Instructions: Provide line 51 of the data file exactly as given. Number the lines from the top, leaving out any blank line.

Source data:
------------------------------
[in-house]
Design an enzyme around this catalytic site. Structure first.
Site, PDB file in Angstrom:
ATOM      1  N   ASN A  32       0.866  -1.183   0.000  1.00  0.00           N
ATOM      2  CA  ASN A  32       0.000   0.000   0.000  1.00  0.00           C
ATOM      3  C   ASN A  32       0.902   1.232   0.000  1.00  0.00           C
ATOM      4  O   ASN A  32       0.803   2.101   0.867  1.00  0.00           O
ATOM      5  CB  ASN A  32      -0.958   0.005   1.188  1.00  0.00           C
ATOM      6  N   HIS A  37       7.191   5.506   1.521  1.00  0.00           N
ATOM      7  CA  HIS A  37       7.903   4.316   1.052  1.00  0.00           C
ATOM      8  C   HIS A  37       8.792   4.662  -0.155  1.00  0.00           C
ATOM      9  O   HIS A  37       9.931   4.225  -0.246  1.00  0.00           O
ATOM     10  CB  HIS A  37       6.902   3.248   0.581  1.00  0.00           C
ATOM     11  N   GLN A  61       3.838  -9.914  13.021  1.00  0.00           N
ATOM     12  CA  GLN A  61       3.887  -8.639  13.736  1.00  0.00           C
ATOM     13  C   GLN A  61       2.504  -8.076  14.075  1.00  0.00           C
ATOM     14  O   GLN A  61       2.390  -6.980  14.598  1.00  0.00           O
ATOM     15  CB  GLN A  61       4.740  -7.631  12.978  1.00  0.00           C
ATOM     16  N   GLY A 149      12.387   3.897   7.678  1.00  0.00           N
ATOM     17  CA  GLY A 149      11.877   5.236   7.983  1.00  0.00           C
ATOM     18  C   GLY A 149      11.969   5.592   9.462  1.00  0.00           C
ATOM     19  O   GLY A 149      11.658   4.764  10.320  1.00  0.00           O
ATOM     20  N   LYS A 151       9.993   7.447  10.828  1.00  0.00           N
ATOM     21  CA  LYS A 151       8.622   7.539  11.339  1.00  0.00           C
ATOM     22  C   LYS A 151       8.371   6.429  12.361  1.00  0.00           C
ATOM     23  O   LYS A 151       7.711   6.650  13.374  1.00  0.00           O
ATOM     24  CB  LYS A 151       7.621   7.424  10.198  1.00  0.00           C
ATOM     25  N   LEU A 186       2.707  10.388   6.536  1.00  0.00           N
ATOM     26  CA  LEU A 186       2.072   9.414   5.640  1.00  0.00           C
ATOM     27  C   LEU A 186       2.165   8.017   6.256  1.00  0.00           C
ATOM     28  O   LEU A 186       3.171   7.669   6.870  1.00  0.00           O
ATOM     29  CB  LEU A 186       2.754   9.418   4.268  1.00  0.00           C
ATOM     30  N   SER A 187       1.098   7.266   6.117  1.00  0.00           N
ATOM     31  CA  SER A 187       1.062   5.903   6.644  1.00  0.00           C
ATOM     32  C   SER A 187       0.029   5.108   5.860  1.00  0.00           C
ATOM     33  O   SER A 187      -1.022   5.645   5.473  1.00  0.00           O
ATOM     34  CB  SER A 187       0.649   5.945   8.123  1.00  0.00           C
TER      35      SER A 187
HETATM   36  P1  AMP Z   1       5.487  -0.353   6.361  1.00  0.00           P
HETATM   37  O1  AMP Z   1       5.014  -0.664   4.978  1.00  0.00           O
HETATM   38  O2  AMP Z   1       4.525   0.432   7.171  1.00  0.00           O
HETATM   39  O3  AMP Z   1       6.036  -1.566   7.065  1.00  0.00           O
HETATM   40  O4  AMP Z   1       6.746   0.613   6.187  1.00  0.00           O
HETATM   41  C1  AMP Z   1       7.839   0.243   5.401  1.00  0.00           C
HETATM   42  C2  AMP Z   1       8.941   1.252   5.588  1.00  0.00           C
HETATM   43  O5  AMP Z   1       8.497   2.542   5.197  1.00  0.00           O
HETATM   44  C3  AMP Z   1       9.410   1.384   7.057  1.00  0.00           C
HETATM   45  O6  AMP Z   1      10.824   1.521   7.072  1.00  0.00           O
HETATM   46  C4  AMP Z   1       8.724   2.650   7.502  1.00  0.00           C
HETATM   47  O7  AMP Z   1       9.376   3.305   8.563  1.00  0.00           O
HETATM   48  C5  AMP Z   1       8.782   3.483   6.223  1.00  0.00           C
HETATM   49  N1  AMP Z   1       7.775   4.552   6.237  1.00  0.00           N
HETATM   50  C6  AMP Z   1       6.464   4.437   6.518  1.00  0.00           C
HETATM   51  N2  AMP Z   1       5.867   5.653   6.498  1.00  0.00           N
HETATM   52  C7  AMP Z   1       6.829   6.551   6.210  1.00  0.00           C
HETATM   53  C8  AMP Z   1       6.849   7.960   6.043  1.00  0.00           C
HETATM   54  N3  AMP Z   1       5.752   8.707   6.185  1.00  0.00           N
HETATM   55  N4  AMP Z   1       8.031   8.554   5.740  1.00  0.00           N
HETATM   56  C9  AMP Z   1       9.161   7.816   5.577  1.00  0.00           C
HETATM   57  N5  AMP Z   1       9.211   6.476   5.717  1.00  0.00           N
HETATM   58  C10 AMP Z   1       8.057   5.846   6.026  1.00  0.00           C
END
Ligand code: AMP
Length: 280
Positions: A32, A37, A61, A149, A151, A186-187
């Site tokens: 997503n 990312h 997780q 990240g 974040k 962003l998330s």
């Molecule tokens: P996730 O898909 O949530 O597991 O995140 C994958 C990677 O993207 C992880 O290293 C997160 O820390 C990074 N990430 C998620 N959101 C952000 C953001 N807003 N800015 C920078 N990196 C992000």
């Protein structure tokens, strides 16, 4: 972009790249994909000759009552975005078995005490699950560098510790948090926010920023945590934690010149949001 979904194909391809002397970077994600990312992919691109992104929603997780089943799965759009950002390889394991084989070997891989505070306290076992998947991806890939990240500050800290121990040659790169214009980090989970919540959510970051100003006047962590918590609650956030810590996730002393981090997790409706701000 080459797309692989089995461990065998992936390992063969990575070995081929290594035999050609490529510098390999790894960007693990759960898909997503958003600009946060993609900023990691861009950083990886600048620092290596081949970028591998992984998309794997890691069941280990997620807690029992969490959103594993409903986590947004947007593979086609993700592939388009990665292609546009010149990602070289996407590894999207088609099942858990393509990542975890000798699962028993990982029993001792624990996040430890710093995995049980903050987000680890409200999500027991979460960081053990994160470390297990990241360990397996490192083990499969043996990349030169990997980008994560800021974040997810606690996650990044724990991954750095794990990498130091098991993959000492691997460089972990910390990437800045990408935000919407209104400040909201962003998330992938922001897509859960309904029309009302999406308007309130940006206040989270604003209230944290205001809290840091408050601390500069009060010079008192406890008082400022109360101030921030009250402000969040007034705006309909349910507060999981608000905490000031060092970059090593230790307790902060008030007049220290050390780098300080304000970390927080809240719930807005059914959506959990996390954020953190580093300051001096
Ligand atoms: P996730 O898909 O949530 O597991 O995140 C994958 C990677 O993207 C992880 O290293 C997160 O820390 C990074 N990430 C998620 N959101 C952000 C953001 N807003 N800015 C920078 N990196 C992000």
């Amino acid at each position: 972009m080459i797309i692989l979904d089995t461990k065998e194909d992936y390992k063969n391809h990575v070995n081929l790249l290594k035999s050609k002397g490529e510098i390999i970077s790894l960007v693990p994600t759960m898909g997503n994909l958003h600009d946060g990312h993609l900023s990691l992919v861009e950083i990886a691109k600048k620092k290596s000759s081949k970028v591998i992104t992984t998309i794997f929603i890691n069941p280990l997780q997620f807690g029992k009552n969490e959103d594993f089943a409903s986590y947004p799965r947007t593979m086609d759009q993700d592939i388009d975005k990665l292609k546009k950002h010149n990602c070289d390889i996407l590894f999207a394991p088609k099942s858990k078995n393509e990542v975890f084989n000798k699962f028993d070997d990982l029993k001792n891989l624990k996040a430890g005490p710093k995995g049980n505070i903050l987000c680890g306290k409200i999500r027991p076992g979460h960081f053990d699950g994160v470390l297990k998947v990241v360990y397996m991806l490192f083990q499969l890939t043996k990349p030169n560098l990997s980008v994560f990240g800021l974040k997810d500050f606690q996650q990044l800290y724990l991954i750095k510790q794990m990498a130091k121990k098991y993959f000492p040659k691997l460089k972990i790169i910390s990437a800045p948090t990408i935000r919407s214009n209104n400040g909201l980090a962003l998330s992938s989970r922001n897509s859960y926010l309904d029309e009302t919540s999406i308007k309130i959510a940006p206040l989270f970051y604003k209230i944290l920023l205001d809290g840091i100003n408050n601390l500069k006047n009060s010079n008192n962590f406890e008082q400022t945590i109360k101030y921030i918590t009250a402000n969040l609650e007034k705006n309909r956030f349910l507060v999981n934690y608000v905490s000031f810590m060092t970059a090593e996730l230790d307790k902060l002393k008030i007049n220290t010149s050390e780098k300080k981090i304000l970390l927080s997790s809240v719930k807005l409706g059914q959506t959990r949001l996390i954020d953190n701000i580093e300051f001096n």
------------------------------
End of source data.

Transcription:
HETATM   48  C5  AMP Z   1       8.782   3.483   6.223  1.00  0.00           C